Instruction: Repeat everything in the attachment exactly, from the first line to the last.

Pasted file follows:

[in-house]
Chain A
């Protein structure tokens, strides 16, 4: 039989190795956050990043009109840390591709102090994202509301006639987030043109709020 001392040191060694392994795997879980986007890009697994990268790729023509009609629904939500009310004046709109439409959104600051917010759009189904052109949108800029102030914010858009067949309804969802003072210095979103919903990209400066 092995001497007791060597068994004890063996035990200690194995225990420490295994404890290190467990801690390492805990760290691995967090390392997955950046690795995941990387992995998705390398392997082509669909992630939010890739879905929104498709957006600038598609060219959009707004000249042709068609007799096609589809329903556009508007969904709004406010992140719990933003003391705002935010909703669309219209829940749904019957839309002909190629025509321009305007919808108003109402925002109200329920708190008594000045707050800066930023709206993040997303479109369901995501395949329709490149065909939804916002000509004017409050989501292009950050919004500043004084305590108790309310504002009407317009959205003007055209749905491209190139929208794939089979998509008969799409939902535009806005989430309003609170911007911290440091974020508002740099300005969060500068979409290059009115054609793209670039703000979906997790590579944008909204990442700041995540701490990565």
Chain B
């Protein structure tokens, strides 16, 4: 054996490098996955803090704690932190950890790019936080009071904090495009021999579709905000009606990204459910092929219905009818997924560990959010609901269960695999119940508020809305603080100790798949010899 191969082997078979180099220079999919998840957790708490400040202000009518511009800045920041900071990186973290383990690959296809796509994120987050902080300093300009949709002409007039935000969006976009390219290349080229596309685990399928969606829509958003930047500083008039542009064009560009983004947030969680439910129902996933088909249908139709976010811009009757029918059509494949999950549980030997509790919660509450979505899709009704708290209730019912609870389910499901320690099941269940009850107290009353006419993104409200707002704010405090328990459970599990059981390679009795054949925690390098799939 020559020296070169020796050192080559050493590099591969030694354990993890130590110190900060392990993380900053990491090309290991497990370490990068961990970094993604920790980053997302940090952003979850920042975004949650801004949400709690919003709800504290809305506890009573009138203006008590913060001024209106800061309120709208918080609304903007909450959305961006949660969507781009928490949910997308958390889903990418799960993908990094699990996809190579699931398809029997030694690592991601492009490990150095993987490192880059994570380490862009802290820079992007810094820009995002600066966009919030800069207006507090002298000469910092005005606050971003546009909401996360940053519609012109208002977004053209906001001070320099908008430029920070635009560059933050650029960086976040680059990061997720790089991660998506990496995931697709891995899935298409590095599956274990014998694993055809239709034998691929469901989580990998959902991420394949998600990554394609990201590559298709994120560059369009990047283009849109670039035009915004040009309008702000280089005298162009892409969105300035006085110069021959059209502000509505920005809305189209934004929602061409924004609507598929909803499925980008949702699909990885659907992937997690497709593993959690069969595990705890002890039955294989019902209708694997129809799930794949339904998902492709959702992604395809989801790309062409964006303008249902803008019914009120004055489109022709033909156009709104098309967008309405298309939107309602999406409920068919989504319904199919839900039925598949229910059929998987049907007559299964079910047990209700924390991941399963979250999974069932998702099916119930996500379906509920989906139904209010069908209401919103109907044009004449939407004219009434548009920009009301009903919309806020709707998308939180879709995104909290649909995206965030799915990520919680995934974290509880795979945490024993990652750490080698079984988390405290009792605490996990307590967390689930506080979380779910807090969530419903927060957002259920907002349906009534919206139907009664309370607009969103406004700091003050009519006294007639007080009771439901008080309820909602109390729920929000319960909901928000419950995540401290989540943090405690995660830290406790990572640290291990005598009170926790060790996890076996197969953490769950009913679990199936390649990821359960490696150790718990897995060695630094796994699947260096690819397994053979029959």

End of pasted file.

[in-house]
Chain A
């Protein structure tokens, strides 16, 4: 039989190795956050990043009109840390591709102090994202509301006639987030043109709020 001392040191060694392994795997879980986007890009697994990268790729023509009609629904939500009310004046709109439409959104600051917010759009189904052109949108800029102030914010858009067949309804969802003072210095979103919903990209400066 092995001497007791060597068994004890063996035990200690194995225990420490295994404890290190467990801690390492805990760290691995967090390392997955950046690795995941990387992995998705390398392997082509669909992630939010890739879905929104498709957006600038598609060219959009707004000249042709068609007799096609589809329903556009508007969904709004406010992140719990933003003391705002935010909703669309219209829940749904019957839309002909190629025509321009305007919808108003109402925002109200329920708190008594000045707050800066930023709206993040997303479109369901995501395949329709490149065909939804916002000509004017409050989501292009950050919004500043004084305590108790309310504002009407317009959205003007055209749905491209190139929208794939089979998509008969799409939902535009806005989430309003609170911007911290440091974020508002740099300005969060500068979409290059009115054609793209670039703000979906997790590579944008909204990442700041995540701490990565």
Chain B
């Protein structure tokens, strides 16, 4: 054996490098996955803090704690932190950890790019936080009071904090495009021999579709905000009606990204459910092929219905009818997924560990959010609901269960695999119940508020809305603080100790798949010899 191969082997078979180099220079999919998840957790708490400040202000009518511009800045920041900071990186973290383990690959296809796509994120987050902080300093300009949709002409007039935000969006976009390219290349080229596309685990399928969606829509958003930047500083008039542009064009560009983004947030969680439910129902996933088909249908139709976010811009009757029918059509494949999950549980030997509790919660509450979505899709009704708290209730019912609870389910499901320690099941269940009850107290009353006419993104409200707002704010405090328990459970599990059981390679009795054949925690390098799939 020559020296070169020796050192080559050493590099591969030694354990993890130590110190900060392990993380900053990491090309290991497990370490990068961990970094993604920790980053997302940090952003979850920042975004949650801004949400709690919003709800504290809305506890009573009138203006008590913060001024209106800061309120709208918080609304903007909450959305961006949660969507781009928490949910997308958390889903990418799960993908990094699990996809190579699931398809029997030694690592991601492009490990150095993987490192880059994570380490862009802290820079992007810094820009995002600066966009919030800069207006507090002298000469910092005005606050971003546009909401996360940053519609012109208002977004053209906001001070320099908008430029920070635009560059933050650029960086976040680059990061997720790089991660998506990496995931697709891995899935298409590095599956274990014998694993055809239709034998691929469901989580990998959902991420394949998600990554394609990201590559298709994120560059369009990047283009849109670039035009915004040009309008702000280089005298162009892409969105300035006085110069021959059209502000509505920005809305189209934004929602061409924004609507598929909803499925980008949702699909990885659907992937997690497709593993959690069969595990705890002890039955294989019902209708694997129809799930794949339904998902492709959702992604395809989801790309062409964006303008249902803008019914009120004055489109022709033909156009709104098309967008309405298309939107309602999406409920068919989504319904199919839900039925598949229910059929998987049907007559299964079910047990209700924390991941399963979250999974069932998702099916119930996500379906509920989906139904209010069908209401919103109907044009004449939407004219009434548009920009009301009903919309806020709707998308939180879709995104909290649909995206965030799915990520919680995934974290509880795979945490024993990652750490080698079984988390405290009792605490996990307590967390689930506080979380779910807090969530419903927060957002259920907002349906009534919206139907009664309370607009969103406004700091003050009519006294007639007080009771439901008080309820909602109390729920929000319960909901928000419950995540401290989540943090405690995660830290406790990572640290291990005598009170926790060790996890076996197969953490769950009913679990199936390649990821359960490696150790718990897995060695630094796994699947260096690819397994053979029959």